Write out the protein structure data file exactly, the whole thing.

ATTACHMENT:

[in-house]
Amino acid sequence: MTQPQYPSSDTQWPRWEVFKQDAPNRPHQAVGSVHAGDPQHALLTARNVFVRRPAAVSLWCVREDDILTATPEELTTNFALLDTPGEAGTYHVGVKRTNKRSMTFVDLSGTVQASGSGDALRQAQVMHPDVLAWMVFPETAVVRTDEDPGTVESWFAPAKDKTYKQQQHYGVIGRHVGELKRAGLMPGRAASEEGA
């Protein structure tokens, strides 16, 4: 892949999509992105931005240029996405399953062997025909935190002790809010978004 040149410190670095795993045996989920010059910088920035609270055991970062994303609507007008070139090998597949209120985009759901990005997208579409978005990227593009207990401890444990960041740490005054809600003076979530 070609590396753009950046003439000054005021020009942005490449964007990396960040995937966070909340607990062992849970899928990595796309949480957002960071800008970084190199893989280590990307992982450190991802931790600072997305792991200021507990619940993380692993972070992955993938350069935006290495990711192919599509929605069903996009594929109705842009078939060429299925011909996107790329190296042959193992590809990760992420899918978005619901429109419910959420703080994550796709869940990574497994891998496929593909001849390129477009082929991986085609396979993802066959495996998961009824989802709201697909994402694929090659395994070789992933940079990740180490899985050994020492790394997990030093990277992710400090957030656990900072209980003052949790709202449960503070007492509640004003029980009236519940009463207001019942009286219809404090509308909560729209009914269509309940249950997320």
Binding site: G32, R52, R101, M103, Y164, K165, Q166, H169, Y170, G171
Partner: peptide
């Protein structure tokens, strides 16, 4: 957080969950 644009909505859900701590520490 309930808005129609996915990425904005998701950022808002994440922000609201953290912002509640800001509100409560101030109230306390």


[in-house]
Amino acid sequence: MTQPQYPSSDTQWPRWEVFKQDAPNRPHQAVGSVHAGDPQHALLTARNVFVRRPAAVSLWCVREDDILTATPEELTTNFALLDTPGEAGTYHVGVKRTNKRSMTFVDLSGTVQASGSGDALRQAQVMHPDVLAWMVFPETAVVRTDEDPGTVESWFAPAKDKTYKQQQHYGVIGRHVGELKRAGLMPGRAASEEGA
């Protein structure tokens, strides 16, 4: 892949999509992105931005240029996405399953062997025909935190002790809010978004 040149410190670095795993045996989920010059910088920035609270055991970062994303609507007008070139090998597949209120985009759901990005997208579409978005990227593009207990401890444990960041740490005054809600003076979530 070609590396753009950046003439000054005021020009942005490449964007990396960040995937966070909340607990062992849970899928990595796309949480957002960071800008970084190199893989280590990307992982450190991802931790600072997305792991200021507990619940993380692993972070992955993938350069935006290495990711192919599509929605069903996009594929109705842009078939060429299925011909996107790329190296042959193992590809990760992420899918978005619901429109419910959420703080994550796709869940990574497994891998496929593909001849390129477009082929991986085609396979993802066959495996998961009824989802709201697909994402694929090659395994070789992933940079990740180490899985050994020492790394997990030093990277992710400090957030656990900072209980003052949790709202449960503070007492509640004003029980009236519940009463207001019942009286219809404090509308909560729209009914269509309940249950997320």
Binding site: G32, R52, R101, M103, Y164, K165, Q166, H169, Y170, G171
Partner: peptide
């Protein structure tokens, strides 16, 4: 957080969950 644009909505859900701590520490 309930808005129609996915990425904005998701950022808002994440922000609201953290912002509640800001509100409560101030109230306390």